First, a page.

Sftp File Transfer Protocol

Reading the release notes for “9.4” I see that the command “scp” is nolonger possible and sftp is now the recommended means of secure file transfer. I read the man page for sftp but there are no usage examples. I have not used ftp at the command line since the 90’s and thus have forgotten all I knew.
Do I assume to transfer a file between machines on the same network that the command would be something like this:

cd <to folder with data to transfer>
sftp <some  file> user@machine:<path to destination>

I don’t do transfers outside my tiny lan.

I’m not sure where you’re seeing it’s no longer possible. The sftp protocol is now used for scp in 9. You can still use scp without any issues.

man scp and scroll down to history.

Since OpenSSH 8.8 (8.7 in Red Hat/Fedora builds),
scp has use the SFTP protocol for transfers by default.

Chapter 10. Deprecated functionality Red Hat Enterprise Linux 9 | Red Hat Customer Portal says “deprecated”, not removed.

https://access.redhat.com/documentation/en-us/red_hat_enterprise_linux/9/html/9.4_release_notes/known-issues#known-issues-security tells that some scp syntax can wipe a file (when it should be a no-op).


Personally, I’d recommend rsync. It is versatile and does use ssh for transfer.

The deprecated notice has been around for a while, but scp still seems to work. If scp really is using the sftp protcol behind the scenes, I wonder why they say it’s deprecated.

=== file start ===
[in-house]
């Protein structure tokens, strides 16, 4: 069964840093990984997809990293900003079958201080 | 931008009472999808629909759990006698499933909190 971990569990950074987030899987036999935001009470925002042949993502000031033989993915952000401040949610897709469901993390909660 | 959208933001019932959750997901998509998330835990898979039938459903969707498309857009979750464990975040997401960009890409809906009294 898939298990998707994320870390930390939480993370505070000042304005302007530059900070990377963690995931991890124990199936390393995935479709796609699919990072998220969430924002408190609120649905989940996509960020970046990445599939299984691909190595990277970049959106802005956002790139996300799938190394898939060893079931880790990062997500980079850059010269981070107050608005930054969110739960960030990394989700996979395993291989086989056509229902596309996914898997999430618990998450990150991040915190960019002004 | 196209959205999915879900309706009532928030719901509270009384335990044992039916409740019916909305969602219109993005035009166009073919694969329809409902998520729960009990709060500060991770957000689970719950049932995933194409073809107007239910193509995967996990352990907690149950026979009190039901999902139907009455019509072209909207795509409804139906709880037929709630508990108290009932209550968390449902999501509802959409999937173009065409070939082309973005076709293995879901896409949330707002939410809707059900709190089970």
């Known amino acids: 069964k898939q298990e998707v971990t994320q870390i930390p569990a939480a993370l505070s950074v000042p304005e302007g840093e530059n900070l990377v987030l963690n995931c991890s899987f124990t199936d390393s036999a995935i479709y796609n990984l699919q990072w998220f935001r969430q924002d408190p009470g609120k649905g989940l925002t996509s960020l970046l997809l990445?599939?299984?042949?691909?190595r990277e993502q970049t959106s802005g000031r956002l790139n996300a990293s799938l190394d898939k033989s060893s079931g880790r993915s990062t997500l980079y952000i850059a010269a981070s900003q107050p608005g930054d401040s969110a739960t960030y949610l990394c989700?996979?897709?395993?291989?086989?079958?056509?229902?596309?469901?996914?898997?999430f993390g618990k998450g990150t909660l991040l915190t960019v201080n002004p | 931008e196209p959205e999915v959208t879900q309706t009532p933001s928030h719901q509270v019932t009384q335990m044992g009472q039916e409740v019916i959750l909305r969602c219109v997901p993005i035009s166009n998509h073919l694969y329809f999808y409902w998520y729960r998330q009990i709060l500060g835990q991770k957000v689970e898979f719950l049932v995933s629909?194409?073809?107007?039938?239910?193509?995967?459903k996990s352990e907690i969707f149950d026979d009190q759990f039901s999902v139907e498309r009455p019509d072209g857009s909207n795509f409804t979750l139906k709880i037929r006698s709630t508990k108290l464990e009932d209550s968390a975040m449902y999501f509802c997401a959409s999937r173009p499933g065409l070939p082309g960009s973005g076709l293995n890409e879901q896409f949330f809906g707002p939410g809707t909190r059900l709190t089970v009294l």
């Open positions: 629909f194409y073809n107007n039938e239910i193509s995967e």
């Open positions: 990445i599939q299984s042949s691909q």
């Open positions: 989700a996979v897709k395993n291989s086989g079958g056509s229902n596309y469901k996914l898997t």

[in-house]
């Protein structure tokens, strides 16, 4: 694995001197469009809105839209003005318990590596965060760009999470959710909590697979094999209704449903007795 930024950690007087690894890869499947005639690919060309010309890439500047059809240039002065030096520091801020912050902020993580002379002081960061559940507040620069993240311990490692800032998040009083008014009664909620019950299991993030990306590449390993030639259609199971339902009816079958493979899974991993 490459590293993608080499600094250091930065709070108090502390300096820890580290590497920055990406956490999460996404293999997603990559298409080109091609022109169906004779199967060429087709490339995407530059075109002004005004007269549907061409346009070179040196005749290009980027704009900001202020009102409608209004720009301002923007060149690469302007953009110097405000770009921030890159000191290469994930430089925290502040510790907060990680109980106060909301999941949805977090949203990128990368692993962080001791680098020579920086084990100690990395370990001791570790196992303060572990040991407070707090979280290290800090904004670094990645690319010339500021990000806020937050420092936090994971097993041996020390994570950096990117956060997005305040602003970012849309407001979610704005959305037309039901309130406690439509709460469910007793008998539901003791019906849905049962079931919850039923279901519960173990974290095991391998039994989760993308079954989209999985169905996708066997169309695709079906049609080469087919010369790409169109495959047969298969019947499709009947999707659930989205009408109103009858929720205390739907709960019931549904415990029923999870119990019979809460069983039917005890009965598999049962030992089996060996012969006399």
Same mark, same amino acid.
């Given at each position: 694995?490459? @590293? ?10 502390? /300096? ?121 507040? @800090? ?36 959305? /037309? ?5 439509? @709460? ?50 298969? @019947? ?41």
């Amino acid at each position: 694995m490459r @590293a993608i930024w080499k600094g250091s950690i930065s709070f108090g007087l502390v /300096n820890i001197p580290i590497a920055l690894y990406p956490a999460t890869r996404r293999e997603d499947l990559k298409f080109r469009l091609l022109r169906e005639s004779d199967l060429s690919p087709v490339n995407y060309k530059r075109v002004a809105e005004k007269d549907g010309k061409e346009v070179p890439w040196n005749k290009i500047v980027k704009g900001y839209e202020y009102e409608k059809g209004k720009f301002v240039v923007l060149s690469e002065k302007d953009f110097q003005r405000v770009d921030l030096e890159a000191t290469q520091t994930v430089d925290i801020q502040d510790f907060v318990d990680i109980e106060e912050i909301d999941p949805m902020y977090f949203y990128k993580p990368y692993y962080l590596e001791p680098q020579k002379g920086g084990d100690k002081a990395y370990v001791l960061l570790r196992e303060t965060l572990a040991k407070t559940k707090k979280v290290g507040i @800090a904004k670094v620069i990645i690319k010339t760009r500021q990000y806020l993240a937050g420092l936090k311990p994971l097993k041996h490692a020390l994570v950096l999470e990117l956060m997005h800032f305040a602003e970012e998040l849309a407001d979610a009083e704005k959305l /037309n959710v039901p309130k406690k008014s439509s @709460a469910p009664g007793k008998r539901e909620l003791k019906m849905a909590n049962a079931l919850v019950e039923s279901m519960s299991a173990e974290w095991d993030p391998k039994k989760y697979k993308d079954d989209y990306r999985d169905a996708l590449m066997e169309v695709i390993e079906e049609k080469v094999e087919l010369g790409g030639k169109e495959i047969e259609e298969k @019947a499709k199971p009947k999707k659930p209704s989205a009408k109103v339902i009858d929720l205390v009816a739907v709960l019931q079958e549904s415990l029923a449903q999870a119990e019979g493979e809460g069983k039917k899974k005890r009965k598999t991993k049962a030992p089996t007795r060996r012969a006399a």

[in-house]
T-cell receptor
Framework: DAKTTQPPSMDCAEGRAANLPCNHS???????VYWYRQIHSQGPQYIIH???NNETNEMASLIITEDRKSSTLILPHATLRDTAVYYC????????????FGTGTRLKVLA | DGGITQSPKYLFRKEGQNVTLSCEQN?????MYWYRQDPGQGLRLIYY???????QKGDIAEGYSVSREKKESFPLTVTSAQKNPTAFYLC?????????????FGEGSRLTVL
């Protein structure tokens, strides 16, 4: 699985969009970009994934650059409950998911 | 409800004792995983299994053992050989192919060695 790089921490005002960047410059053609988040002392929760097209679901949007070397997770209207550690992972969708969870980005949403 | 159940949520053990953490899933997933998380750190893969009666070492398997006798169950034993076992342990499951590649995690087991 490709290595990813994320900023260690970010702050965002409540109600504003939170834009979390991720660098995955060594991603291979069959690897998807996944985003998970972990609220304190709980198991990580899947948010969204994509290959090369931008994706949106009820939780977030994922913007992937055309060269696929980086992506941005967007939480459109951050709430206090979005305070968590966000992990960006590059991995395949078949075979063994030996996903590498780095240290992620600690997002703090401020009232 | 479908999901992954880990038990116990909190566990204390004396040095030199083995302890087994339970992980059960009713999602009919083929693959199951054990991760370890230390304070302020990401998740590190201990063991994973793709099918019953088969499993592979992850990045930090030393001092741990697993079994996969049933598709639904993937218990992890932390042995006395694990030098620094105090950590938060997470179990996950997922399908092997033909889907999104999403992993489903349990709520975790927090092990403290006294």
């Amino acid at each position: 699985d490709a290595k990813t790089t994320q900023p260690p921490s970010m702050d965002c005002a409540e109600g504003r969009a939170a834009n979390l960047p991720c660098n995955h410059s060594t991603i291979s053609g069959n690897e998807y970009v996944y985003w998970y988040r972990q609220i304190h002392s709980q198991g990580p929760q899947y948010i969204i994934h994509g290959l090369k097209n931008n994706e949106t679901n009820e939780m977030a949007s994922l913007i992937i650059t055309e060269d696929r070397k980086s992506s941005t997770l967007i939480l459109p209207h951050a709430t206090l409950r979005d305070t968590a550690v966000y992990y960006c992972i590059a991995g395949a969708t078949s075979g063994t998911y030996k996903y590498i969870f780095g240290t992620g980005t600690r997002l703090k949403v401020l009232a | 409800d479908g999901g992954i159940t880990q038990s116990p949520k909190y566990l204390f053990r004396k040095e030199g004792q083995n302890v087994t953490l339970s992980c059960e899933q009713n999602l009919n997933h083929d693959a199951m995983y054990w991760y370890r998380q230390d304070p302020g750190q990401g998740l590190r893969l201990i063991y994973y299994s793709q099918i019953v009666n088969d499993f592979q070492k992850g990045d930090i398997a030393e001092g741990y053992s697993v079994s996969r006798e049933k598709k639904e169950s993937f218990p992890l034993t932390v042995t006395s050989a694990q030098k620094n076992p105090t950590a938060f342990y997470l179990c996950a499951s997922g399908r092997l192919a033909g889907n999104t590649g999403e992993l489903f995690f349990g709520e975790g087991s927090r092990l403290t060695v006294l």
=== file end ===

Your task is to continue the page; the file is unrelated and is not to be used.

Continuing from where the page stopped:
sftp is good for developers who want to upload huge complicated websites, e.g. from Windows/Mac.

rsync is good for synchronising huge directory structures, and making backups.

scp is handy when you want to quickly copy a single file.

I don’t see it easier than:

rsync -av <folder_with_data_to_transfer>/<some_file> user@machine:<path_to_destination>

I’ve used rsync to transfer files between machines I just don’t know that it is any more secure than scp.

If you use the command like @jlehtone posted, it’s rsync over ssh. So it’s just as secure as scp/sftp. Now if you do rsync over rsyncd with port 873, then that is a different matter entirely.

man scp writes:

CAVEATS
The original scp protocol (selected by the -O flag) requires execution of the remote user’s shell to perform glob(3) pattern matching. This requires careful quoting of any characters that have special meaning to the remote shell, such as quote characters.

That relates to 1666127 – (CVE-2019-6111) CVE-2019-6111 openssh: Improper validation of object names allows malicious server to overwrite files via scp client

In other words, a command like scp foo:dir/*.txt ~ used to depend on shell of the remote machine to handle the glob, and “inventive” shell could expand that to: scp foo:dir/.bashrc ~
The sftp protocol supposedly does not use remote shell.

Then again, one can run rsync foo:dir/*.txt ~ too and a quick browse on the oh-so-short man rsync did not tell who does expand the dir/*.txtprobably the remove shell.


(If you cannot trust a system that you can ssh to … would any file transfer protocol be any safer?)

But then you have to remember if you’re pulling or pushing, whether you need a trailling slash, and one tiny typing mistake, you could end up syncronising gigabytes of data.